Do you have a small reference photo you would like to enlarge for painting? Maybe a traceable you downloaded from a tutorial or a beautiful landscape photo you took that would look great on your living room wall.
There are a few methods you could use to get your reference photo onto a larger canvas. Some require technology and some just need a pencil and ruler.
Of course, the simplest method is to just draw it larger, but not all of us can draw well enough to keep the proportions correct and get all the details, such as eyes, in exactly the right place.
Below I have outlined a few easier methods to enlarge your reference photo. Hopefully you can find one that suits your purpose.
I used a simple colouring sheet from my site to demonstrate since I think it is easier to see but these methods will work with any picture.
If you want some simple drawings to practice with you are welcome to use any of the colouring sheets from my Colouring Pages for Children page.
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The grid method is as old as drawing itself. You only need a pencil, ruler, your reference photo and a larger piece of paper or canvas.
Since you will be drawing grid lines over your reference photo you may want to print off a copy of it or use a photo you don’t need to keep.
- Divide your photo or traceable into grids by drawing evenly spaced lines, both horizontally and vertically. You will get a result similar to graph paper. For this example, I have used 1/2-inch squares.
If you have photo editing software such as Photoshop, you can use this to draw your grid on your computer. Similarly, online graphics programs such as PicMonkey or Gimp will work too.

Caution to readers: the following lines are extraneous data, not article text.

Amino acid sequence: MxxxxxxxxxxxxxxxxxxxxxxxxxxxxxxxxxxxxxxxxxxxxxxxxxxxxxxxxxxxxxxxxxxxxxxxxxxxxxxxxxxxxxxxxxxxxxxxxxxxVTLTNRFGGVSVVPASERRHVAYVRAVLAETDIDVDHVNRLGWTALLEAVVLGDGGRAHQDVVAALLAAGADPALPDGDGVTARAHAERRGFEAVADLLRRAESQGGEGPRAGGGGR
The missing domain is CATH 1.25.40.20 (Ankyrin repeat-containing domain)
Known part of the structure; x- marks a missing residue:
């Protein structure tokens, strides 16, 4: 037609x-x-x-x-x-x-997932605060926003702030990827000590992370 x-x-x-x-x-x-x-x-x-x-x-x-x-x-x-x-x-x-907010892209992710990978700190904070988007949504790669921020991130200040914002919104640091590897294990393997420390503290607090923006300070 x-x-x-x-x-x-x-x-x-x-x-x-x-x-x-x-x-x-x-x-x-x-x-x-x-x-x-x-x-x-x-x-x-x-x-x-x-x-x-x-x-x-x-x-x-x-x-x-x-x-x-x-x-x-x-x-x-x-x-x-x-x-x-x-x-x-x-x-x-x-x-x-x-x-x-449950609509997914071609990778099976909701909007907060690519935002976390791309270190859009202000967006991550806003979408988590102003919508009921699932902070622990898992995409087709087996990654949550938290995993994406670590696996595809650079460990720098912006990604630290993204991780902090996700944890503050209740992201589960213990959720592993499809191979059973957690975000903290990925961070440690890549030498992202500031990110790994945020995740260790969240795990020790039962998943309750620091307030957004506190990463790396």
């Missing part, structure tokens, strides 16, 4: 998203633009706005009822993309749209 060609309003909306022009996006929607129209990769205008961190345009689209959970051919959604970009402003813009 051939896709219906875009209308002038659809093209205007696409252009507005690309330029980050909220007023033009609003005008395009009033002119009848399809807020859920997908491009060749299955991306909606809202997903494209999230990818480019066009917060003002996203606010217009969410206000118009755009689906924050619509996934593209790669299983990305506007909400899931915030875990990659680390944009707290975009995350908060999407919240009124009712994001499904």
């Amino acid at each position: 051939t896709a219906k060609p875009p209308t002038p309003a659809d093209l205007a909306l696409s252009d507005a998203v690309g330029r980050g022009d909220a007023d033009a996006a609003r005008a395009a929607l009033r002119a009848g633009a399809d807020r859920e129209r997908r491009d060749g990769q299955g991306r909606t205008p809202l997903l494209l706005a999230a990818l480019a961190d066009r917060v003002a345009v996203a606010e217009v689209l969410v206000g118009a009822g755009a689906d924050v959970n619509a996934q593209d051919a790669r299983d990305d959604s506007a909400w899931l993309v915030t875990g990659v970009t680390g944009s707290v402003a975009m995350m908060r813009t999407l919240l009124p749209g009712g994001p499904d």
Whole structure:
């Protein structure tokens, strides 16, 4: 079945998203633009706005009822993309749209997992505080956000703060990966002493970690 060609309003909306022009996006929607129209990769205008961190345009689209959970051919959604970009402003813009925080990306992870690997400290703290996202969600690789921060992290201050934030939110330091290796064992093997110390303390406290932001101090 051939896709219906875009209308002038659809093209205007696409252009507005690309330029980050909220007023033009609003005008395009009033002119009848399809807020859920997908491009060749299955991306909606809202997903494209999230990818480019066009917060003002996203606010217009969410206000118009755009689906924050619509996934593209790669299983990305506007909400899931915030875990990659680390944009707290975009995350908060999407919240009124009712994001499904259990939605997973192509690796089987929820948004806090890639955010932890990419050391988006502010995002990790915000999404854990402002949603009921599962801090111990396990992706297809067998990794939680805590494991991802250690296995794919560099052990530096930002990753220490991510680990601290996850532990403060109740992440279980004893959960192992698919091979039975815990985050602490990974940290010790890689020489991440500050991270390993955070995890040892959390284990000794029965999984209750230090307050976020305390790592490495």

These programs are convenient but not necessary. A good old-fashioned pencil and ruler works just fine.
- 2. On another larger paper or canvas, draw a second grid with the same number of squares. This grid will have larger (or smaller) squares than the first.
So, if the first grid was 1/2-inch squares, the second would have larger squares. In my example the second grid has 1-inch squares. This will double the size of my original picture when I have the finished drawing.
If you wanted to make your drawing smaller you would draw grids that were smaller than your original, say 1/4 inch.
Number each square down one side and add a letter to each square across the bottom on both the original and your working surface. This will help you keep track of which square you are working on.
- Compare your reference photo grid to the enlarged grid you have drawn on your canvas. Going square by square, draw the contents from the grid on your reference photo into the larger (or smaller) squares on your paper or canvas.
Take your time and fill each square with the lines and shapes of the squares on the original. You can tweak the overall picture when you have finished your grid drawing if necessary.
Helpful Hints For Using a Grid:
It may be a good idea to draw your enlarged picture on a large piece of paper rather than your painting surface. If you need to erase frequently like I do, your surface can get very messy.
You can transfer your finished drawing, minus the gridlines, to your painting surface using transfer paper or another method.
If you are using acrylics and going to draw directly onto your painting surface, you can use a watercolour pencil. The watercolour marks will dissolve or be hidden by your paint, so you don’t have to worry about grid lines showing through.
This method should work fine with watercolour as well, but I haven’t tried it out with oil paint. You may want to test it on some scrap paper or canvas before proceeding with oils.
Use a T square to draw the lines. You can line up the top of the T square with the edge of your paper or canvas to help you get straight lines.
If you are drawing over a dark picture or black canvas or paper use a white pencil. A white charcoal pencil, watercolour pencil or pastel will help you see the lines better.
Using Your Printer to Enlarge Your Photo
If you have a printer you can use it to enlarge your photo. The one drawback of this is the larger you make your photo, the more pixilated it becomes.